Oct. 26, 2023 (Regina, SK) - The Agricultural Producers Association of Saskatchewan (APAS) urgently appeals to the Honourable Senators of Canada to rectify the recent amendment to Bill C-234, "An Act to amend the Greenhouse Gas Pollution Pricing Act." This call comes in the wake of the Senate Standing Committee on Agriculture and Forestry's review, which took place on October 24, 2023, leading to an amendment that significantly altered the original intent of the bill.

The amendment, which removed barn heating and cooling fuel from the list of exempted farm activities, poses a critical challenge to the agricultural sector. APAS passionately implores all Senators to reject this amendment and reinstate the bill in its original form, allowing it to proceed to the third reading.

“This Bill is intended to correct the oversight when carbon pricing was introduced,” stated Ian Boxall, APAS President. “The amendment suggests that some farms are less important in our industry, in their contribution to our food security, and in helping to address rising food prices. No farm should be left behind.”

Canada's agricultural sector serves as a cornerstone of the nation's economic growth. While striving to transition to a greener economy, penalizing this essential industry is counterproductive. The financial measures outlined in Bill C-234 underscore the agricultural economy's fundamental role in ensuring Canada's long-term prosperity.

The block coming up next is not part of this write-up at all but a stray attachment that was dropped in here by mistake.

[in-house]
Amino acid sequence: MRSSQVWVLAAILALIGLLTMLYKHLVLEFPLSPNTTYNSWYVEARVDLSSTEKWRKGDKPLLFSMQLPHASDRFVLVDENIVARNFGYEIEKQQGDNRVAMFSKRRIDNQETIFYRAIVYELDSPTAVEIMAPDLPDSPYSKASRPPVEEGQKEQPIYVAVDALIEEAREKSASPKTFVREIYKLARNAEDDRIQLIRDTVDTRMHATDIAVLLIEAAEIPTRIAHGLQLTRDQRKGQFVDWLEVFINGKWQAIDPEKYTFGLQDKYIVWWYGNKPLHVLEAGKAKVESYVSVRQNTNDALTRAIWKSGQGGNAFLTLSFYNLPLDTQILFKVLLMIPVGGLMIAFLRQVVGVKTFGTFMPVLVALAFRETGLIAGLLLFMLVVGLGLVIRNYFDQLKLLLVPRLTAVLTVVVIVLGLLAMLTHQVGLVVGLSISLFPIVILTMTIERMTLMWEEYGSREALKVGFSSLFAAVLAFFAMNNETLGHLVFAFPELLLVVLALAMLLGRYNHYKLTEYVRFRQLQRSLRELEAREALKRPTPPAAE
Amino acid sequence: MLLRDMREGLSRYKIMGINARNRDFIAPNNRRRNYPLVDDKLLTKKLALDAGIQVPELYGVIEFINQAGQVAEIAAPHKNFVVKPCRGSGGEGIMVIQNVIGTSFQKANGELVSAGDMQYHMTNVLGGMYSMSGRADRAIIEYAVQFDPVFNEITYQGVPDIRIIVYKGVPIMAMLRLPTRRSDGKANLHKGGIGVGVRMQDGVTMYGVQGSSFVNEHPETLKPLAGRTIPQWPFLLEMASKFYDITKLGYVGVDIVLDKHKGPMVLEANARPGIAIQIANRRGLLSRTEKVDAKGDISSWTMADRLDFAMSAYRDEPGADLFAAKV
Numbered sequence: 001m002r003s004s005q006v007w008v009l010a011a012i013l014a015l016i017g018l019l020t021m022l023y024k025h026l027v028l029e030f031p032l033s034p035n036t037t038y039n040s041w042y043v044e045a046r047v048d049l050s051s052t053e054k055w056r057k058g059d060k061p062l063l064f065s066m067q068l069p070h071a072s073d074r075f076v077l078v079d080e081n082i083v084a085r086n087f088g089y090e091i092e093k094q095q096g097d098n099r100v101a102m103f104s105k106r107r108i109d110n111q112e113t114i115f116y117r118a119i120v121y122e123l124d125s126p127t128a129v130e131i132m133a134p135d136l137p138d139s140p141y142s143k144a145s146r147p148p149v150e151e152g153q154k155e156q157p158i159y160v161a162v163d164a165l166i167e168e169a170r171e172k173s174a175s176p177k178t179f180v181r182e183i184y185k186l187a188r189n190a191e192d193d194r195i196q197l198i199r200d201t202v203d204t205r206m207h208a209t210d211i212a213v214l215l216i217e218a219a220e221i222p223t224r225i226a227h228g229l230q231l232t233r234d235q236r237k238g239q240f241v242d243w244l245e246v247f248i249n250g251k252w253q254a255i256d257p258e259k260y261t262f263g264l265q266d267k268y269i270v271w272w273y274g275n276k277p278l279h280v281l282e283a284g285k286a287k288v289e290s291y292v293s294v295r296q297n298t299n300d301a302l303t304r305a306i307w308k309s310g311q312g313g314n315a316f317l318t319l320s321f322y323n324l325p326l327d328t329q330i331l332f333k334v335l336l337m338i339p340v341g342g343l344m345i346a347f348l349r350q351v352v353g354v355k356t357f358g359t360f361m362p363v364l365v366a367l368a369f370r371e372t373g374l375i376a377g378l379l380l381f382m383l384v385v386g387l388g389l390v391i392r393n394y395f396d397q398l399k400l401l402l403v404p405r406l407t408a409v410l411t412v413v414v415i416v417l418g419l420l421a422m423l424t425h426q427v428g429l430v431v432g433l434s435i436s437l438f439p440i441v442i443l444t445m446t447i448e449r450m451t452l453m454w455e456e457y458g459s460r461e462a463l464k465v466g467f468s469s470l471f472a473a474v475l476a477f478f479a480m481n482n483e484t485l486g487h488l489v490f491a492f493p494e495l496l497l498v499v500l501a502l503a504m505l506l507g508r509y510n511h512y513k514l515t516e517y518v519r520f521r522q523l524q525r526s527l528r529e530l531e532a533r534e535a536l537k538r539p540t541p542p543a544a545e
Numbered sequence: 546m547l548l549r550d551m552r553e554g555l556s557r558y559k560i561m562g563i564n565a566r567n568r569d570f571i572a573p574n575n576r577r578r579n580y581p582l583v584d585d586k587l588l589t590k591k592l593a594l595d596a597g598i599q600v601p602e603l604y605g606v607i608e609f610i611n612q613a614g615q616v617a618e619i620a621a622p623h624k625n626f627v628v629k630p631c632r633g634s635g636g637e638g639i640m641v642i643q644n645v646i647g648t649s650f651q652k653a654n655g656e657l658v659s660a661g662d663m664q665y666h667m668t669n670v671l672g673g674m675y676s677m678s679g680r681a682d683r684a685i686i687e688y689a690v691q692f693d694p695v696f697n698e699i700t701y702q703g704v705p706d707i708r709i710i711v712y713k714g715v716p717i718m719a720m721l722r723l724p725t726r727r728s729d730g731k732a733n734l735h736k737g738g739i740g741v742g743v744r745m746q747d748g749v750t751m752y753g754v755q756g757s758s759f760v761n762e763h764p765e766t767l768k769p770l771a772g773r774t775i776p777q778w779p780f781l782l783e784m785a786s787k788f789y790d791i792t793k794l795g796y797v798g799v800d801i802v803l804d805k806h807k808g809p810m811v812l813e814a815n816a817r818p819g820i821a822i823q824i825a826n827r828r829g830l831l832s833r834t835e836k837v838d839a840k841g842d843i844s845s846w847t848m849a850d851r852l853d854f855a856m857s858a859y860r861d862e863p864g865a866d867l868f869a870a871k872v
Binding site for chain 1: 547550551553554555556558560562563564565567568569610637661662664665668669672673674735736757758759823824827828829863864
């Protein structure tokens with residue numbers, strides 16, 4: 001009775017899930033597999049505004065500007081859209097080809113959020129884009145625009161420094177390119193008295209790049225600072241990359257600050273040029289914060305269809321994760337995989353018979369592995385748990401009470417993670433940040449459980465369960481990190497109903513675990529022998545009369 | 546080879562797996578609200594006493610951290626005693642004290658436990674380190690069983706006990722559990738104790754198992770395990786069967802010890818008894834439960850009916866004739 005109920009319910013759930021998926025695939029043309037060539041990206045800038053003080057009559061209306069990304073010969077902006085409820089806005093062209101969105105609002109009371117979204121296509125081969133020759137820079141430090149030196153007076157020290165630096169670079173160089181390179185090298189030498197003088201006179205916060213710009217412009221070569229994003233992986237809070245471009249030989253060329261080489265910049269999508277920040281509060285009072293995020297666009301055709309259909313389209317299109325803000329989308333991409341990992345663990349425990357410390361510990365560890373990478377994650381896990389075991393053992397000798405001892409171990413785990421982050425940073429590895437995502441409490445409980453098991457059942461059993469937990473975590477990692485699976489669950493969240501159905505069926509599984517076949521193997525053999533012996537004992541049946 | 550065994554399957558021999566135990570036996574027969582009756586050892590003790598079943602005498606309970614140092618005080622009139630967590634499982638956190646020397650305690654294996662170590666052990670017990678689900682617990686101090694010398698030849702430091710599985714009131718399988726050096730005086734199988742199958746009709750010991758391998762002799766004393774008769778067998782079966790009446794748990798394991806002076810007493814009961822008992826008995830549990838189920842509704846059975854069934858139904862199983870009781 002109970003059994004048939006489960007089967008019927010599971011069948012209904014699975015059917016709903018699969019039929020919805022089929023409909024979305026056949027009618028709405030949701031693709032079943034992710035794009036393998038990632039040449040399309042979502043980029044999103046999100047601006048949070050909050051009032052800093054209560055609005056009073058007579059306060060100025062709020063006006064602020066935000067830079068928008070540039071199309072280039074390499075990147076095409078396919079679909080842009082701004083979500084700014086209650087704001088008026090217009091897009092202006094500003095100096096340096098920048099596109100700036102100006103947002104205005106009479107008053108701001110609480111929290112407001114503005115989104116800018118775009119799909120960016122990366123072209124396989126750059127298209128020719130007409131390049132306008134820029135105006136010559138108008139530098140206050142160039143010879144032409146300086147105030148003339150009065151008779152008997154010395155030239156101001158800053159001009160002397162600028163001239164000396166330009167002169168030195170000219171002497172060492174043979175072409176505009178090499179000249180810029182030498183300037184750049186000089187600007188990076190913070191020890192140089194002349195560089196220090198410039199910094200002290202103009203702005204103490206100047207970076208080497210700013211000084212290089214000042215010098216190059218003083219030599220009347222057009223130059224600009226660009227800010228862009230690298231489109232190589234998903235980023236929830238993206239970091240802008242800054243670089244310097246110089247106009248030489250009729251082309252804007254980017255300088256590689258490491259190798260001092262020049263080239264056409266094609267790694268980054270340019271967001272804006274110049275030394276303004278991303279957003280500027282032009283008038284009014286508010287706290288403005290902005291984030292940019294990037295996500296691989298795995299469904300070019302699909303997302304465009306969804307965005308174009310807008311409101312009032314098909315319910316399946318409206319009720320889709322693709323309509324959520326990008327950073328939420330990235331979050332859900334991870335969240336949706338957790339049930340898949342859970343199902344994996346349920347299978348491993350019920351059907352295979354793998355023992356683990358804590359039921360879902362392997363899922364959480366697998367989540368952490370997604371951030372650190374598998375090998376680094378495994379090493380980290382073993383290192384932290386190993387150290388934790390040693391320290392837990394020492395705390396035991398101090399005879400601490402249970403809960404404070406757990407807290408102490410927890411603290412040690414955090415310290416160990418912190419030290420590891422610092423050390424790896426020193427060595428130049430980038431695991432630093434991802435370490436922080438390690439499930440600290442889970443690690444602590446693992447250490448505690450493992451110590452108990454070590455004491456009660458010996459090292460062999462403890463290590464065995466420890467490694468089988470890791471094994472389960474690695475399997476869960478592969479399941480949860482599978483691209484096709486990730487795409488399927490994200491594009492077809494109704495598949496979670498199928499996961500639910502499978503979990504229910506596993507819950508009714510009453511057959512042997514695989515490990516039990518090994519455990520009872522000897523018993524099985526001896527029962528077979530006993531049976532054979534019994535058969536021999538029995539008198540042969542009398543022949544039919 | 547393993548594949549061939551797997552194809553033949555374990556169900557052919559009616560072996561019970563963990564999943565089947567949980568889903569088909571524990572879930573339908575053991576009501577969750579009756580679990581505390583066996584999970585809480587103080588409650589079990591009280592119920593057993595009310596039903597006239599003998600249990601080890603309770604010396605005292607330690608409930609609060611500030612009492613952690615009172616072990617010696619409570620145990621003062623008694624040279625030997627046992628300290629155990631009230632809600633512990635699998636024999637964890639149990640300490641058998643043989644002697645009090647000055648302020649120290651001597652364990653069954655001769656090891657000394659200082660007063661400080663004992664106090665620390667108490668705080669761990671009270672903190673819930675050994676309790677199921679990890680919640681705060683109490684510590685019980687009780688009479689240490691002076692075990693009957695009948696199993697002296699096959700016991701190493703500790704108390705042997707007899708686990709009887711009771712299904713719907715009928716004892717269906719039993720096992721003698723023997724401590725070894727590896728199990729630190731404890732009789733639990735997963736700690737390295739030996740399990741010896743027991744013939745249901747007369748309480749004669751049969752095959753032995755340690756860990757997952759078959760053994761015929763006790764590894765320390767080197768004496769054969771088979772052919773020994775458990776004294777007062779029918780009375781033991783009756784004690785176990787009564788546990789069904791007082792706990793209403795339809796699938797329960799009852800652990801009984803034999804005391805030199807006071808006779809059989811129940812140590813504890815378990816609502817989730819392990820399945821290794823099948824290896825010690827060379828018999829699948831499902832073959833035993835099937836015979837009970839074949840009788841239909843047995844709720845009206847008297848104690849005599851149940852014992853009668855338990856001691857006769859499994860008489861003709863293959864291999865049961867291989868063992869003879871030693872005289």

Barn heating, especially within the rigorous conditions of Saskatchewan's winters, is vital to maintaining animal health. With alternative heating technologies not yet commercially viable, imposing a carbon price on heating fuel only increases costs for operators and consumers without achieving meaningful emissions reductions.

APAS urges Senators to rally behind the original Bill to put an end to persistent delays and stand alongside the dedicated farm families committed to food production and responsible land stewardship. By exempting barn heating, the Bill promotes a balanced approach that respects the unique needs of the agricultural sector.

Effective environmental policy should strike a harmonious balance between emissions reduction and support for essential industries. The concerns regarding greenhouse gas emissions must be weighed against the broader social, economic, and environmental impacts of specific regulations. In the case of Bill C-234, maintaining the exemption for barn heating stands as a rational policy decision that accommodates the agricultural industry's distinctive requirements.